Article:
This is a really big deal as it is the fruit of years of tireless efforts of the email community advocating for better CSS support in Gmail.
Email designers were disappointed when Gmail launched in 2004 without embedded style support. When Google replaced the native Android client that supported responsive email with the Gmail app, it became a colossal issue as emails would no longer be rendered using media queries in millions of Android devices.
This problem was further compounded when Gmail introduced rendering quirks in each of their clients necessitating time consuming hacks. It became so bad that many email designers started to hate Gmail more than Outlook.
The email community banded together and tried to convince the Gmail team that supporting embedded styles and media queries would lead to a better user experience for their own users. For a long time, nothing seemed to change.
Finally, it looks like we were heard.
8 Ways The Email Community Reached Out To Gmail.
1. Social Media
Social media was a natural channel to vent our frustrations with Gmail. Many #emailgeeks on Twitter voiced their displeasure with Gmail’s lack of <style> support by trolling… I mean tweeting complaints to @gmail, Gmail’s twitter account, with hashtags such as #letsfixemail and #canhasstyle.
I like partying like it’s 1999 as much as anyone else, but I’m sick and tired of having to inline all my CSS…[You] make creating a quality mobile experience difficult (no @media tags…)… You literally add an hour to my average work day.
Until recently, the conferences you’d likely meet developers from email clients would be at conferences on email technology or security. So a bunch of us decided to bring the issue to their turf.
At Inbox Love 2014 in Mountain View, Ros Hodgekiss (@yarrcat) and Andrew King (@akingkiwi) from Campaign Monitor, Colin Nederkoorn (@alphacolin) from Customer.io and myself presented to a room full of developers and product managers from the major email client developers. Folks from Gmail, Yahoo! Mail, AOL Mail and Outlook were there.
The talk was surprisingly well received by the audience and there was even a live poll on who wanted media queries in Gmail. The Twitter community also tuned in to offer their support including Litmus’ Judge Jordan.
We published articles that outline Gmail’s CSS transgressions in the hope that they reach the ears of engineers within Google.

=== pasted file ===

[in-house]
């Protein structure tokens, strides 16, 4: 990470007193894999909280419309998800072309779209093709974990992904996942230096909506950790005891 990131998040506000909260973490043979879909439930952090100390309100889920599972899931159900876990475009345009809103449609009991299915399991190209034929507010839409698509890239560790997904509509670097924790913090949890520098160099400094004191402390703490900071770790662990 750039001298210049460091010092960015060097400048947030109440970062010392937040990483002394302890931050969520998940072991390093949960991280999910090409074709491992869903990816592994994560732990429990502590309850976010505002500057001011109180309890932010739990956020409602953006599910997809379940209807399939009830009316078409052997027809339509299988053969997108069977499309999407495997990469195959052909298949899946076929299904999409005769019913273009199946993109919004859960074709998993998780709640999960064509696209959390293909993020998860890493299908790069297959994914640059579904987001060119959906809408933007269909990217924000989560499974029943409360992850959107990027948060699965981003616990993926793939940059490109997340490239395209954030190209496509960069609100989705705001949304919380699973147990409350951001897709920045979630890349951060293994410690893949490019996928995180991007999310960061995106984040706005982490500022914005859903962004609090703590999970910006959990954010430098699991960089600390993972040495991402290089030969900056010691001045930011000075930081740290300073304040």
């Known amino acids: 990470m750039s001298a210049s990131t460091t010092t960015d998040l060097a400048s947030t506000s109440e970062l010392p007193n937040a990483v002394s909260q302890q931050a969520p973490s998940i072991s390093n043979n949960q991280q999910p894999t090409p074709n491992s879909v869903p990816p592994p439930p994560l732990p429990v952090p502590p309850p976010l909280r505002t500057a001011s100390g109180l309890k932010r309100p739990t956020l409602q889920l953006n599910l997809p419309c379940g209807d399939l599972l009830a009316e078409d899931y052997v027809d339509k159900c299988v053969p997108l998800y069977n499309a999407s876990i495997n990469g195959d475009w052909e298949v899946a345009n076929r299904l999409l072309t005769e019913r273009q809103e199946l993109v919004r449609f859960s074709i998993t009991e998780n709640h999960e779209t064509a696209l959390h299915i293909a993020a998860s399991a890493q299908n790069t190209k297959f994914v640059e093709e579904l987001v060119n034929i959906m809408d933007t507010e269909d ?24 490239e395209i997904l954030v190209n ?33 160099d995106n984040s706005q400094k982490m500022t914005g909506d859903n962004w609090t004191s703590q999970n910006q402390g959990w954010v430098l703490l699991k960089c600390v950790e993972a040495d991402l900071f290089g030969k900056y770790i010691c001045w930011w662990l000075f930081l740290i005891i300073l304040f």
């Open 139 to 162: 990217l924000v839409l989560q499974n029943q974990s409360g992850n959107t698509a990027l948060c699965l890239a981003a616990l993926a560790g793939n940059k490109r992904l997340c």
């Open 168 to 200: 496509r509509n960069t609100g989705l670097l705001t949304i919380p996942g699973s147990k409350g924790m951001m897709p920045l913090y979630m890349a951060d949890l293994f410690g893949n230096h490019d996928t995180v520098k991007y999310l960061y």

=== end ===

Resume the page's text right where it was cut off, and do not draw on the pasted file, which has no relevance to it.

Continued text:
My prediction is that Gmail will add style support to their webmail clients and media query support to their mobile apps.
8. The Personal Touch
A large part of the credit in getting Gmail to fix their CSS support goes to those with connections within Google. Kudos to Eric Lepetit (@ericlepetitsf) and his team at Nest (a Google company) who helped make the case to the Gmail team that better CSS support would also benefit email marketers and designers within Google.
The collective support of #emailgeeks in pushing Gmail to support better HTML/CSS cannot be overstated. Although there is no way to recognize everyone’s contributions here’s a list of a few active members of the community who have blogs or are active on twitter.
You can also find email geeks helping each other out at email design forums. You can spot them on the Email on Acid, Litmus and Campaign Monitor forums. Viktor Edvardsson (@viktoredv) has also recently set up an #emailgeeks Slack channel. DM him for more details.
Last but not least of course a Huge Thank You! goes out to the Gmail team for doing the right thing for their users as well as for email designers and developers everywhere.
The spotlight is now squarely on Microsoft Outlook and its antiquated HTML support. This may be an opportune time as Microsoft has started to engage with the email community.
Right now, lets take a moment to celebrate the email community’s achievement in helping to foster a pivotal change for email.